Most car manufacturers, including Ford, use a “three wet” process to paint their vehicles – primer, color coat and clear coat. Ford has announced that it has developed a “two wet” process that combines the color coat and clear coat into one operation, reducing painting time and saving millions of gallons of water in the process. This process is first being used on the new Ford Transit van, but should eventually make its way to every assembly plant under the Blue Oval.

In the new system, the primer requires only a few minutes of to air dry before the finish coat is applied. Ford claims the finish resulting from its “two wet” technology is more durable and scratch resistant than conventional paint and will retain  is gloss far longer.

Using this revolutionary technology, vehicles are only baked once instead of twice, saving more than 48 mW of electricity annually. That’s enough to power 3,400 homes for a year, give or take, though the benefits don’t stop there. Usually, the paint shop at the factory uses water in a wet scrubber to remove paint particles from the air. But Ford has also pioneered a dry scrubber and filter system that will save 10 million gallons of water per year, and also removes 99% of particulates from the air in the paint area, lowering CO2 emissions by almost 50%.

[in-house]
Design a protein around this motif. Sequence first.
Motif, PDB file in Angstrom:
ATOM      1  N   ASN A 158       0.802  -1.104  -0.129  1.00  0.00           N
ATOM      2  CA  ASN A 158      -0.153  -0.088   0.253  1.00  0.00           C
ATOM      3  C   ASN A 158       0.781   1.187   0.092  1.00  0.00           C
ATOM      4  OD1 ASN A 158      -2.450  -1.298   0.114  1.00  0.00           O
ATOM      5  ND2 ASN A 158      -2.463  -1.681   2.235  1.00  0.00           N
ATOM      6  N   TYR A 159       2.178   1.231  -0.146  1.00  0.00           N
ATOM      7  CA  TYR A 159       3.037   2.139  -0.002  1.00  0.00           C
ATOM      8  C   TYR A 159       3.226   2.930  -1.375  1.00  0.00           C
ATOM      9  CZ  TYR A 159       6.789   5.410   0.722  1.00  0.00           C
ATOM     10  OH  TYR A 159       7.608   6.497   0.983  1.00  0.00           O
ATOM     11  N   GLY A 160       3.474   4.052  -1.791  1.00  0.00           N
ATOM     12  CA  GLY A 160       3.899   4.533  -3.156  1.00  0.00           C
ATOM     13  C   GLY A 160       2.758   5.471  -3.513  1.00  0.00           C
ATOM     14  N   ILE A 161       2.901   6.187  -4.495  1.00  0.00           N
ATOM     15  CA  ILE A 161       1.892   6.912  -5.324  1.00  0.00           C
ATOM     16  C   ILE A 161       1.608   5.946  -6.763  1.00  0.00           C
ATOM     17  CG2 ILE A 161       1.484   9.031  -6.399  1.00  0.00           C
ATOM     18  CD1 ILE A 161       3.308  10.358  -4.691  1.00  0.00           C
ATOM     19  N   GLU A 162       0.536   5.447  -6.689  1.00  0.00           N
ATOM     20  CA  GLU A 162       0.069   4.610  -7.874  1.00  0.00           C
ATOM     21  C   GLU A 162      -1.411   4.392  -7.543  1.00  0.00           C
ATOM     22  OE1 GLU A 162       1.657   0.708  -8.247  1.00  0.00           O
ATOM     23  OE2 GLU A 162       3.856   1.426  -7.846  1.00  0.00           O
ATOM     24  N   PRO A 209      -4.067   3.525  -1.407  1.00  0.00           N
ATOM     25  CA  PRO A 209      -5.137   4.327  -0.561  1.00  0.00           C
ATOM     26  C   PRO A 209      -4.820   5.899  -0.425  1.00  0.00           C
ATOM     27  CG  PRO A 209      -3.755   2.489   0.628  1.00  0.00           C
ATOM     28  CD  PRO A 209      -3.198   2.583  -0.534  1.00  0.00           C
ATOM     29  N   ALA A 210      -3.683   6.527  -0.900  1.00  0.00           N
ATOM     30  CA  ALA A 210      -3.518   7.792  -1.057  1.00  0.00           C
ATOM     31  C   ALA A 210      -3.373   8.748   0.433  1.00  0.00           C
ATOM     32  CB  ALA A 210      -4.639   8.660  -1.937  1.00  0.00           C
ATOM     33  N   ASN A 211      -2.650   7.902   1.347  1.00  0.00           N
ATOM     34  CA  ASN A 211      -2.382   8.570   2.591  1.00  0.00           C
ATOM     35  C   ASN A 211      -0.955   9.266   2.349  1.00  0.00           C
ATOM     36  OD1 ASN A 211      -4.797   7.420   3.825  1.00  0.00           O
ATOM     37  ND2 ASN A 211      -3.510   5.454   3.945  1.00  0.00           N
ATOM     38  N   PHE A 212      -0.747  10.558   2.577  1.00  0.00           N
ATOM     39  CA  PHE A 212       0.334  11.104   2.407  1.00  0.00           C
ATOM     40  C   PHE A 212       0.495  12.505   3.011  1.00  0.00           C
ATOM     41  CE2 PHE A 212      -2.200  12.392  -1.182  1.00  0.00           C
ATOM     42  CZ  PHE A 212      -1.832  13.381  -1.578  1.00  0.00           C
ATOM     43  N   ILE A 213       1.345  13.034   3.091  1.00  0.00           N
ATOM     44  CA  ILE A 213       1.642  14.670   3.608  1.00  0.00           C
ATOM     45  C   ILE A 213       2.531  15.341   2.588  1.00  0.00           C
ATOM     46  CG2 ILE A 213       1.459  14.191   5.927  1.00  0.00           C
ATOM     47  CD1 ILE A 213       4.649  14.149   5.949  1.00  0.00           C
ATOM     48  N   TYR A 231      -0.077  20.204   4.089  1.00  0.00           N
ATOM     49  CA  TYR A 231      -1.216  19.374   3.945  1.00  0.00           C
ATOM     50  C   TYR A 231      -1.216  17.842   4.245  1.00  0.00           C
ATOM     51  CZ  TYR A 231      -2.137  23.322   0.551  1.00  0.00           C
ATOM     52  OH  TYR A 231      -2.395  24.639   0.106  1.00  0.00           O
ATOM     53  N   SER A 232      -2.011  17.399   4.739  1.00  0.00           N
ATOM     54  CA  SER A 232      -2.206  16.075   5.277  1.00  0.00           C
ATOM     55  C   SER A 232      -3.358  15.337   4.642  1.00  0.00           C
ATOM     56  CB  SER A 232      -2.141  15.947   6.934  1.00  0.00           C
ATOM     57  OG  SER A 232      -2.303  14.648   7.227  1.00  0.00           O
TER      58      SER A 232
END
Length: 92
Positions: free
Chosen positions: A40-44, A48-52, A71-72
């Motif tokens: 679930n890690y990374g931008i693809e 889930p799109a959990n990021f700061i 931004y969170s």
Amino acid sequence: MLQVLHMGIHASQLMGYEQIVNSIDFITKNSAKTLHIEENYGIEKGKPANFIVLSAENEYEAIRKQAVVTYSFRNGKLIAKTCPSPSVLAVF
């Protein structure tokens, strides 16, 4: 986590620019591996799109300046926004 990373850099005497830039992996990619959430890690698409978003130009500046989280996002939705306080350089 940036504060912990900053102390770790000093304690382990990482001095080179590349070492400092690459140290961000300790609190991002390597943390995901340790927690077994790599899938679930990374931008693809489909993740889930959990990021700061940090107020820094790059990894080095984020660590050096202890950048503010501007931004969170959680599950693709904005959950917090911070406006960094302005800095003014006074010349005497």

On traditional assembly plants, the vehicle bodies must be physically removed from the assembly line and dropped into the electrostatic primer tank by four chains. But in the new process, the body stays on its assembly line carriage and both go through the primer stage together. This  reduces production time and allows the paint facility at the factory to be as much as 320 feet shorter than usual.

At present, the new painting process is being used on all white Ford Transit vans manufactured at Ford’s Kansas City facility, which accounts for 80% of Transit production. All other colors will continue to be painted using the standard “three wet” system until Ford and its paint suppliers figure out how to apply the new process to colors other than white.

Ford is committed to reducing the CO2 emissions and water usage associated with building its vehicles by 30% in the next 5 years, and the “two wet” paint process is a major step forward toward that goal.

Source: Green Car Congress